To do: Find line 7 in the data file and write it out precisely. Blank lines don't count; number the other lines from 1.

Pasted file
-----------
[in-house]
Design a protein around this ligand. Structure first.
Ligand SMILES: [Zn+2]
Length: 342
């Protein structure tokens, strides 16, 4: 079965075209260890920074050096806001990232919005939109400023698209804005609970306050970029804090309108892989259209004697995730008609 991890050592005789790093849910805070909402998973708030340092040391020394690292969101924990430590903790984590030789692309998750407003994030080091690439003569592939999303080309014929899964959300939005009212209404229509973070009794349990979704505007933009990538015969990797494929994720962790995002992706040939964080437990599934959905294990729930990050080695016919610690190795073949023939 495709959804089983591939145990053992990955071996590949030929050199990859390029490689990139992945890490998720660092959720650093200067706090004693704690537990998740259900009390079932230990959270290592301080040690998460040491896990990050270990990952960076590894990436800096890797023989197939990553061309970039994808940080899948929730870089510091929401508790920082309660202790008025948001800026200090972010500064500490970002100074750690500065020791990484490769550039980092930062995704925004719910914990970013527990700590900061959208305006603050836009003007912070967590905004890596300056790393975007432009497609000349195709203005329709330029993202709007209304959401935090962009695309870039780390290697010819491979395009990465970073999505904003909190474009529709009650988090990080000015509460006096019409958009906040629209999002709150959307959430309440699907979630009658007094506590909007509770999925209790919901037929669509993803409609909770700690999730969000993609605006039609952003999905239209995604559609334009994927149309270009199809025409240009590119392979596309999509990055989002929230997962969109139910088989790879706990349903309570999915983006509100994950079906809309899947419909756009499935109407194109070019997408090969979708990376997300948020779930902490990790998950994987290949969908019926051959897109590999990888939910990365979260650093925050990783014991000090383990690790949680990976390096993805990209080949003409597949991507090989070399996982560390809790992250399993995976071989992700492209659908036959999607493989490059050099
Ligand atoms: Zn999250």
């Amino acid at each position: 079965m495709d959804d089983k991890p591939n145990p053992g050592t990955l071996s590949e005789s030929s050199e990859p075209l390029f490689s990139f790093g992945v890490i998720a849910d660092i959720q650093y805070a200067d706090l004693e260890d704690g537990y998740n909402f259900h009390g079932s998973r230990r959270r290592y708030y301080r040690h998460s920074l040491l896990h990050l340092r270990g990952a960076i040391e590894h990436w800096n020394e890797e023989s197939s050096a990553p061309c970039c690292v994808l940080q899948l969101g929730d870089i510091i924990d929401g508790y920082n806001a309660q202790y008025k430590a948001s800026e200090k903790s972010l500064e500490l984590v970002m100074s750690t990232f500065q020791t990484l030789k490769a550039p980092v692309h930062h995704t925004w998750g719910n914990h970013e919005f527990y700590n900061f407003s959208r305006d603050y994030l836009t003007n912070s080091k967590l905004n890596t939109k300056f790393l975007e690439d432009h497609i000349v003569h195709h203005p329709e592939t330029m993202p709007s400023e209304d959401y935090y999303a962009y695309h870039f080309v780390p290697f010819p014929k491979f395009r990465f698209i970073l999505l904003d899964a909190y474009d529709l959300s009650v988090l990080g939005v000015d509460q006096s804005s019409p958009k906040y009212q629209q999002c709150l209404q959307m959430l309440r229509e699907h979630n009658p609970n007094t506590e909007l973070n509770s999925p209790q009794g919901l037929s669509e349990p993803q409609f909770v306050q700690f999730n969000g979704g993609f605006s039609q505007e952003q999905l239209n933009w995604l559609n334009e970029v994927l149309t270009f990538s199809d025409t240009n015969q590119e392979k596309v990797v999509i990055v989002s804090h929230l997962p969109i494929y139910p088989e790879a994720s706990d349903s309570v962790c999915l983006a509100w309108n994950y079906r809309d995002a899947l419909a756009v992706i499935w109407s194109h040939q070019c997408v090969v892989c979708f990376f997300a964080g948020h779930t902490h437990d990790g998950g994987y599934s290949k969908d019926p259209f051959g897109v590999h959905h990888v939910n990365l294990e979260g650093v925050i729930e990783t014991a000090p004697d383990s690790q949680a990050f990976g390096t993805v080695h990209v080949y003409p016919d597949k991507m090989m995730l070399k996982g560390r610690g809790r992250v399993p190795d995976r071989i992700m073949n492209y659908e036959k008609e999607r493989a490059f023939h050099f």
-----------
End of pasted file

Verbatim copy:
């Amino acid at each position: 079965m495709d959804d089983k991890p591939n145990p053992g050592t990955l071996s590949e005789s030929s050199e990859p075209l390029f490689s990139f790093g992945v890490i998720a849910d660092i959720q650093y805070a200067d706090l004693e260890d704690g537990y998740n909402f259900h009390g079932s998973r230990r959270r290592y708030y301080r040690h998460s920074l040491l896990h990050l340092r270990g990952a960076i040391e590894h990436w800096n020394e890797e023989s197939s050096a990553p061309c970039c690292v994808l940080q899948l969101g929730d870089i510091i924990d929401g508790y920082n806001a309660q202790y008025k430590a948001s800026e200090k903790s972010l500064e500490l984590v970002m100074s750690t990232f500065q020791t990484l030789k490769a550039p980092v692309h930062h995704t925004w998750g719910n914990h970013e919005f527990y700590n900061f407003s959208r305006d603050y994030l836009t003007n912070s080091k967590l905004n890596t939109k300056f790393l975007e690439d432009h497609i000349v003569h195709h203005p329709e592939t330029m993202p709007s400023e209304d959401y935090y999303a962009y695309h870039f080309v780390p290697f010819p014929k491979f395009r990465f698209i970073l999505l904003d899964a909190y474009d529709l959300s009650v988090l990080g939005v000015d509460q006096s804005s019409p958009k906040y009212q629209q999002c709150l209404q959307m959430l309440r229509e699907h979630n009658p609970n007094t506590e909007l973070n509770s999925p209790q009794g919901l037929s669509e349990p993803q409609f909770v306050q700690f999730n969000g979704g993609f605006s039609q505007e952003q999905l239209n933009w995604l559609n334009e970029v994927l149309t270009f990538s199809d025409t240009n015969q590119e392979k596309v990797v999509i990055v989002s804090h929230l997962p969109i494929y139910p088989e790879a994720s706990d349903s309570v962790c999915l983006a509100w309108n994950y079906r809309d995002a899947l419909a756009v992706i499935w109407s194109h040939q070019c997408v090969v892989c979708f990376f997300a964080g948020h779930t902490h437990d990790g998950g994987y599934s290949k969908d019926p259209f051959g897109v590999h959905h990888v939910n990365l294990e979260g650093v925050i729930e990783t014991a000090p004697d383990s690790q949680a990050f990976g390096t993805v080695h990209v080949y003409p016919d597949k991507m090989m995730l070399k996982g560390r610690g809790r992250v399993p190795d995976r071989i992700m073949n492209y659908e036959k008609e999607r493989a490059f023939h050099f």